Sending three specialist art packers on a commando mercy mission to New Orleans, in the aftermath of Hurricane Katrina in 2005, we rescued a $4m+ exhibition of paintings from the rising floodwaters of the Mandarin Orient Hotel lobby.
Hurricane Katrina in 2005 was a human disaster on a massive scale and, quite rightly, all efforts at the immediate time were focussed on saving human lives.
But with that initial rescue mission underway, attention turned to some, less valuable in human terms but still very much worth saving, works of art threatened by the waters.
The Five Star Mandarin Oriental Hotel in New Orleans had at least $4million worth of art - thirty paintings in all - on exhibition and the hotel insurers were getting very worried. No power, no security and about three feet of dirty sea water in the hotel lobby that was still slowly rising.
Shortly after receiving the call in London to mount a rescue mission, Cadogan Tate staff flew from the UK into the nearest working airport to New Orleans with all their packing supplies checked onto the plane as baggage.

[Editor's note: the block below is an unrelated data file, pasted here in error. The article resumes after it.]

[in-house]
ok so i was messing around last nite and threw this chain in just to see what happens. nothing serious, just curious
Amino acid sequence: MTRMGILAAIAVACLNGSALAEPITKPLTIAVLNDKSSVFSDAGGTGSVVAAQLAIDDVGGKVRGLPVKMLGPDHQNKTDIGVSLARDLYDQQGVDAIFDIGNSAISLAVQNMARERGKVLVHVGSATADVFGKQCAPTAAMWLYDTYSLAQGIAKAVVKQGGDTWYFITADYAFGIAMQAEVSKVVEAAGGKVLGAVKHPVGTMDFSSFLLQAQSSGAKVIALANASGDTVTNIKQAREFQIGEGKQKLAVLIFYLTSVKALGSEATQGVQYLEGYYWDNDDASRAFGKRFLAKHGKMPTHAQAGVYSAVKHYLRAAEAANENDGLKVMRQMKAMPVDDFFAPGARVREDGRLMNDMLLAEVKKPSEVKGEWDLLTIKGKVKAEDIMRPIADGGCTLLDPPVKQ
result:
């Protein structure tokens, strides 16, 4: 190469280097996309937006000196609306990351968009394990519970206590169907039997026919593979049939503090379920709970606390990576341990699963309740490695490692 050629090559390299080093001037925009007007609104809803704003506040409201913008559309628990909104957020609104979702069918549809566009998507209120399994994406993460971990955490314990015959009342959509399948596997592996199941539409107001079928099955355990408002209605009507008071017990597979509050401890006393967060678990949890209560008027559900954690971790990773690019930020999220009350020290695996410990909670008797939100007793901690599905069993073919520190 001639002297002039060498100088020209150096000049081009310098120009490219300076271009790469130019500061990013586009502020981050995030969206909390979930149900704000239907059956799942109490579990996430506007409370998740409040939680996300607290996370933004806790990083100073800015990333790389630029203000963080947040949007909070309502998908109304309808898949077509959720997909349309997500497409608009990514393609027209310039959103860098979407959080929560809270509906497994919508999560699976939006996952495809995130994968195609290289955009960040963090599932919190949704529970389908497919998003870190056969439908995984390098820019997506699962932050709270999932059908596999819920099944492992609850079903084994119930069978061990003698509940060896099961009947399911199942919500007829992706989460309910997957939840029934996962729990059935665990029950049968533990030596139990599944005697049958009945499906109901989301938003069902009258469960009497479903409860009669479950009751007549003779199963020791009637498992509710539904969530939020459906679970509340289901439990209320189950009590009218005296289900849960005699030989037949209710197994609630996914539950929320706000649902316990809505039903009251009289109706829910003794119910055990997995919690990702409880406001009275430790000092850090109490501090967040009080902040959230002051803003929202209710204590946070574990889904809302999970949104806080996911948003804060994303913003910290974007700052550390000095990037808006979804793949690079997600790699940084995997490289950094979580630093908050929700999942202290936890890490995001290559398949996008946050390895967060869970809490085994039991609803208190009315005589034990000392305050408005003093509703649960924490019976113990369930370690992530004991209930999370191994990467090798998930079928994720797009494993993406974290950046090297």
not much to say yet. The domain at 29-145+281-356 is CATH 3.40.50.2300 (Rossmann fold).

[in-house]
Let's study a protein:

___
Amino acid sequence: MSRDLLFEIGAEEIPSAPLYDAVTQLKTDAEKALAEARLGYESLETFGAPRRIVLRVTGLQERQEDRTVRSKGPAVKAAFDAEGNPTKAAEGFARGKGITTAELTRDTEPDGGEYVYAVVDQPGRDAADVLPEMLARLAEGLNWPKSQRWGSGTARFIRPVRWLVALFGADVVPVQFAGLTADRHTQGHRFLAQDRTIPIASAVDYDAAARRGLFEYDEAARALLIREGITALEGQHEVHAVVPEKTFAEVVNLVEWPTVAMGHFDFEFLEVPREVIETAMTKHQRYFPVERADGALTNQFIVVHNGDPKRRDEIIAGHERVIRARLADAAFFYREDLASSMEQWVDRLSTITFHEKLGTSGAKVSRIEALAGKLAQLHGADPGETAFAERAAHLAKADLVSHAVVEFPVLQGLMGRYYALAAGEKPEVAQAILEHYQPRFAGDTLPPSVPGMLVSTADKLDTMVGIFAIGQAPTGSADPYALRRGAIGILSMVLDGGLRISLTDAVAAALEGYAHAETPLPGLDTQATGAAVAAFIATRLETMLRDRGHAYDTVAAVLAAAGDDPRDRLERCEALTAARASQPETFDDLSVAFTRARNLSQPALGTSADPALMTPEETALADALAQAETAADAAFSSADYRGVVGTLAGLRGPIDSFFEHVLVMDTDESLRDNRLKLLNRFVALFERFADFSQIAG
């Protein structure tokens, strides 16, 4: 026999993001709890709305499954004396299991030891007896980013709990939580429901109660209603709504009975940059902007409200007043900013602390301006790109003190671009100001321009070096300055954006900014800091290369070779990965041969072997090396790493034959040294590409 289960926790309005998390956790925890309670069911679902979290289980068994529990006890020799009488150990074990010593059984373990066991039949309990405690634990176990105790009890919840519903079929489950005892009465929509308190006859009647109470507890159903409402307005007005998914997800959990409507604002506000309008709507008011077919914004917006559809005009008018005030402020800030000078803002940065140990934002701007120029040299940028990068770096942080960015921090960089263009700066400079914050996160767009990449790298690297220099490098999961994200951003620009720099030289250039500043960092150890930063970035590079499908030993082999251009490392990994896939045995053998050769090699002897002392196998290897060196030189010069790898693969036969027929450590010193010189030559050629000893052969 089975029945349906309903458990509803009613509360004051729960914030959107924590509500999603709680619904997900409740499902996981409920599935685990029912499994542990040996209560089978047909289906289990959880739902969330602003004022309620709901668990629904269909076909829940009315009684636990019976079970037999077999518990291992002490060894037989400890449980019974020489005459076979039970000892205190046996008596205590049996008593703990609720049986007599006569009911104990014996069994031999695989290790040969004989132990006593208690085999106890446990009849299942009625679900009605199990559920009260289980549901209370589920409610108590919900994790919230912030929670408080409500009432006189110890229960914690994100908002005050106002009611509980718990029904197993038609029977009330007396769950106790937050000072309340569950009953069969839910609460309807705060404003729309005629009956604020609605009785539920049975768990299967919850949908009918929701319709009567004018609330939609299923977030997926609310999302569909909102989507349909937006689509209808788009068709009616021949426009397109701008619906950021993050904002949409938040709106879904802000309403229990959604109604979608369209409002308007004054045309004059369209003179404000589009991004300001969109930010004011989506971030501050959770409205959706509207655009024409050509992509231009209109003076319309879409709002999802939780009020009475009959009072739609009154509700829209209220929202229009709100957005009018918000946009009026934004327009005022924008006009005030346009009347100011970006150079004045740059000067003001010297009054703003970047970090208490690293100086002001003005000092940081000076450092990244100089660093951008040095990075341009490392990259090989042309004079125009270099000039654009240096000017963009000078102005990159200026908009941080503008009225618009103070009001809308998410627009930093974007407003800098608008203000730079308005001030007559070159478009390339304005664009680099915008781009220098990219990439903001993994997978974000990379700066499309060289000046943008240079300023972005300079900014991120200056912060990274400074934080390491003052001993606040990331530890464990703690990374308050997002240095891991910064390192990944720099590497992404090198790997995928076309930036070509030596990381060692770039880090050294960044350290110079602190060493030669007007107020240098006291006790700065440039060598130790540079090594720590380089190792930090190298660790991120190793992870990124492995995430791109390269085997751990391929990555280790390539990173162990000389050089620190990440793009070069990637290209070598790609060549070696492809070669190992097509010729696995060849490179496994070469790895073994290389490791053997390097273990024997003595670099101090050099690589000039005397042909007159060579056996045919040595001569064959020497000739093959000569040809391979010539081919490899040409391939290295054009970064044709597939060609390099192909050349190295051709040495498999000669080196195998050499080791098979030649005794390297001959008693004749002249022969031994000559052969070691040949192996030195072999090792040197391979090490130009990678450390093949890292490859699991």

Six hours hard driving after landing, and with a special permit from the Governor of Louisiana to let them pass through the National Guard, the team was on site in a very deserted, very dark and very wet hotel.
For two days and nights they packed under extremely uncomfortable conditions, washing in bottled Evian water from the bar and eating what could be salvaged from the rapidly thawing kitchen freezers.
Soon though the paintings were in the security van and on their way to warm and dry conditions in an art warehouse in Florida.
Our team immediately flew back to the UK, vowing never to complain about the English weather again.